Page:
Charges dropped against most Occupy the Capitol protesters

Gracie Malley/Staff
A number of protesters were arrested in the Capitol building following their decision to stay and occupy the space.

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Protesters received word from the Sacramento County District Attorney’s Office Thursday advising that charges filed against 73 of the 77 protesters arrested during the Occupy the Capitol protests on March 5 were dismissed.

According to Sacramento County District Attorney Jan Scully, three protesters still have charges pending for resisting arrest after refusing to leave the rotunda area and for attempting to hang an illegal banner. The fourth protester is charged with possession of an illegal switchblade.

The next court date for the four protesters is scheduled to take place on May 8.

UC Berkeley junior James Chang breathed a sigh of relief when he heard from his legal counsel on Thursday that he would not have to travel to Sacramento for his previously scheduled court date for Friday. Thousands of college students traveled to Sacramento on March 5 to protest cuts to higher education, including Chang.

Although Chang has been a member of Occupy Cal since its inception on Nov. 9, he said this was his first arrest.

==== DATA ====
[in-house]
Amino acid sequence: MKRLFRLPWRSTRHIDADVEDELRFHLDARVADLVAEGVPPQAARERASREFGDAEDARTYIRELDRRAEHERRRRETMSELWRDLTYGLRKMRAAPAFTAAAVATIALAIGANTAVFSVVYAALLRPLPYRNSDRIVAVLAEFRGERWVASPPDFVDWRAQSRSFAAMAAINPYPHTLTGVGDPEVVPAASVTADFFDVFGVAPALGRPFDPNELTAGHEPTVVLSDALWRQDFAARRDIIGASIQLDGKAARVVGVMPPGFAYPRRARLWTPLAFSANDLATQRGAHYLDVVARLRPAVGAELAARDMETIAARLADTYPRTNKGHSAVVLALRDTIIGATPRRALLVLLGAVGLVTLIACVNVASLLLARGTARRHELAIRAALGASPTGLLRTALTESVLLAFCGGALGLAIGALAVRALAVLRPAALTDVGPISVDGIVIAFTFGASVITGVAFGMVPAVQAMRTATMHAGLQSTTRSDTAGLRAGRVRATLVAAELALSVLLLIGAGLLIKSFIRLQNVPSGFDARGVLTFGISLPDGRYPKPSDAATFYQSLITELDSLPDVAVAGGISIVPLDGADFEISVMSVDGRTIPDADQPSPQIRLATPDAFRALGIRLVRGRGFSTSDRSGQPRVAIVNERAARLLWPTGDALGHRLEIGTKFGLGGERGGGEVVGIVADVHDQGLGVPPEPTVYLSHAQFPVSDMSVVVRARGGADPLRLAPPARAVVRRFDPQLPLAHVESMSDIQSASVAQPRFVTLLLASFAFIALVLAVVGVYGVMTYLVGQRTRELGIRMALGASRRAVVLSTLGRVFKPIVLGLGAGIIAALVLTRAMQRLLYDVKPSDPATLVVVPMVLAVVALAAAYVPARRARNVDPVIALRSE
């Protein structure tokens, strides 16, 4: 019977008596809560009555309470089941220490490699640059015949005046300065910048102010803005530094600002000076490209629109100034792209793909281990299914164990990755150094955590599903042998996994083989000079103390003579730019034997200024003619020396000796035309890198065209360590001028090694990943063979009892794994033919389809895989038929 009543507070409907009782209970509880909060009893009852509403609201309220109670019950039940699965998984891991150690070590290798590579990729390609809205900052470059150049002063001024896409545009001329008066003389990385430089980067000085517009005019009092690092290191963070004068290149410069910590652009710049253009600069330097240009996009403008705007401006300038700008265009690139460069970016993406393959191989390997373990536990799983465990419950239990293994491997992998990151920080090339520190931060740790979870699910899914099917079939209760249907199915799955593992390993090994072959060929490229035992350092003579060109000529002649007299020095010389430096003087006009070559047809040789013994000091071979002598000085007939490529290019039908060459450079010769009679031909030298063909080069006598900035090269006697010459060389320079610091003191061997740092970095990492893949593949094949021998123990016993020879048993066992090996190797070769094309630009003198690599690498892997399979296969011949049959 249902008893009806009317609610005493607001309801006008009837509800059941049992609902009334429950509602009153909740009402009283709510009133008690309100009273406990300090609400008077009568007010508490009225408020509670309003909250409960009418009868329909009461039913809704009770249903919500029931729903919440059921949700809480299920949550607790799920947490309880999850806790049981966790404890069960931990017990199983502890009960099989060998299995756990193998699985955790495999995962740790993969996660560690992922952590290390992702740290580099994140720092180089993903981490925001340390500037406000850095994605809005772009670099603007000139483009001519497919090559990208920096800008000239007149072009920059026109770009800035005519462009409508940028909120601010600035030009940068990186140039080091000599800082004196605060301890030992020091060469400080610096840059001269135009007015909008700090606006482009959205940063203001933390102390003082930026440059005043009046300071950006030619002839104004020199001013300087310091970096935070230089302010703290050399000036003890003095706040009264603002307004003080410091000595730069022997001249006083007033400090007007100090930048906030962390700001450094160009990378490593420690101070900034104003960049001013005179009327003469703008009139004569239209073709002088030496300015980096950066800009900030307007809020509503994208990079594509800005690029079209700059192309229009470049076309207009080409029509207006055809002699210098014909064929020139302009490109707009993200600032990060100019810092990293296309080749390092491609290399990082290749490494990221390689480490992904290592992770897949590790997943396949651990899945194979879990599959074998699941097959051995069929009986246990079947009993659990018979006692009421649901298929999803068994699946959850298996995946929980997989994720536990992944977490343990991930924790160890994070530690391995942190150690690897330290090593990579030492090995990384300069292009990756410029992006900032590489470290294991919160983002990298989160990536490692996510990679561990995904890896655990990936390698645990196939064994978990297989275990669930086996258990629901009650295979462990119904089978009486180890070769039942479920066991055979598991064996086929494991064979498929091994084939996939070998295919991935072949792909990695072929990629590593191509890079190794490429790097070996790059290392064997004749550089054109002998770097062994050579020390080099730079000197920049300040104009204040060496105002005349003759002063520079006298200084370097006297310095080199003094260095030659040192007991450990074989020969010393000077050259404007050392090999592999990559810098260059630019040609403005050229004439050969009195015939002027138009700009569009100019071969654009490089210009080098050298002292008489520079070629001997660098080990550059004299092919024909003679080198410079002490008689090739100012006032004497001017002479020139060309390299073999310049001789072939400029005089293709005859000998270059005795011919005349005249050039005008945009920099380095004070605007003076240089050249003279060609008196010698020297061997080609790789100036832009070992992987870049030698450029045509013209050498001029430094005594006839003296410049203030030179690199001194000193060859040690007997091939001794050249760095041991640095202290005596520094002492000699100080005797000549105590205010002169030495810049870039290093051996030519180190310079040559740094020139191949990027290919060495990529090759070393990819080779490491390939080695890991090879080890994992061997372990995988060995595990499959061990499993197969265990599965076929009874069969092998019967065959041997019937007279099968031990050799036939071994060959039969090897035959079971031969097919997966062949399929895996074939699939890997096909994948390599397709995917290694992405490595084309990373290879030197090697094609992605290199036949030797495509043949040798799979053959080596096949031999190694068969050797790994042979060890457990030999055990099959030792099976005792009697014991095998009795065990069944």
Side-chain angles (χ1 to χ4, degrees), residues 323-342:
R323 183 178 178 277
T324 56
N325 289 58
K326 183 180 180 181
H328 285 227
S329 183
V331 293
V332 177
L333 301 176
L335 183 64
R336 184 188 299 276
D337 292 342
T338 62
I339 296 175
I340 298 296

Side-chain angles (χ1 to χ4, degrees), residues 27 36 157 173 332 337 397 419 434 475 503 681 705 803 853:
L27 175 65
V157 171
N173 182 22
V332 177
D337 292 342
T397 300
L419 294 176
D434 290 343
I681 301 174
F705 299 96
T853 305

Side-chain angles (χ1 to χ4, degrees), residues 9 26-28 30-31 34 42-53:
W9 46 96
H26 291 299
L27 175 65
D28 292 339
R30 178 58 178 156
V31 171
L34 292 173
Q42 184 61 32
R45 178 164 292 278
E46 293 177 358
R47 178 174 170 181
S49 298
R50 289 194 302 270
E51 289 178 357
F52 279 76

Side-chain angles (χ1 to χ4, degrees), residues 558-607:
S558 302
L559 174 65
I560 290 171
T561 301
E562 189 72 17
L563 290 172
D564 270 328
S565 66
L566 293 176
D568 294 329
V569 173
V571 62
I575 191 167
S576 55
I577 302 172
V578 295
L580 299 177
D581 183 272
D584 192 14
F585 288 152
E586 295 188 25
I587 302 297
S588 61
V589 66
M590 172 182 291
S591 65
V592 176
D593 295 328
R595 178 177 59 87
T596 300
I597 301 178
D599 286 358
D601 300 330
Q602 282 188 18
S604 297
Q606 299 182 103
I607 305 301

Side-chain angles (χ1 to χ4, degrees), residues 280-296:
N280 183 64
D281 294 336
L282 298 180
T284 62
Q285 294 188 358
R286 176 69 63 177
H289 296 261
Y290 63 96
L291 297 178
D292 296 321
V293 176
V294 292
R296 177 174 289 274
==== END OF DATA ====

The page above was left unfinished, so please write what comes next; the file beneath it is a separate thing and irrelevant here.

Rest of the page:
“It was a massive political event where thousands of students showed up to take a stand and, with the exception of talking my friends into getting arrested with me, I would not do anything differently,” Chang said.

Pro bono attorney Josh Kaizuka — who also acts as the lead attorney for the Occupy Sacramento defendants — issued a statement after learning that most of the clients represented by his firm in the Occupy the Capitol case would not be prosecuted.

“I applaud the careful review and use of discretion by the Sacramento District Attorney’s Office to not file criminal charges against the over 70 college students who risked arrest by conducting a peaceful demonstration in opposition to the ever increasing costs of a public education in the great state of California,” Kaizuka said in an email.

Scully stated in a press release that the protesters were all technically guilty of refusing to leave the Capitol after the building was closed to the public or were in violation of California Penal Code for engaging in behavior prohibited on the grounds of the Capitol.

She also said that reports from California Highway Patrol officers indicate the majority of those arrested were “passive resisters” and cooperative,  therefore arrest and detention served as sufficient consequences for their conduct on March 5.

Although Chang said he feels Occupy the Capitol sent a message to the legislature, he is concerned about tuition and fees for next year because they are still being negotiated.

“This gives us no time to mobilize because it is during the summer time, and a lot of students make plans to be away during the summer,” Chang said. “They picked a perfect time to silence the student engagement process.”

Chang said he hopes UC administrators will not increase fees, but said that if it does happen, “students will mobilize again.”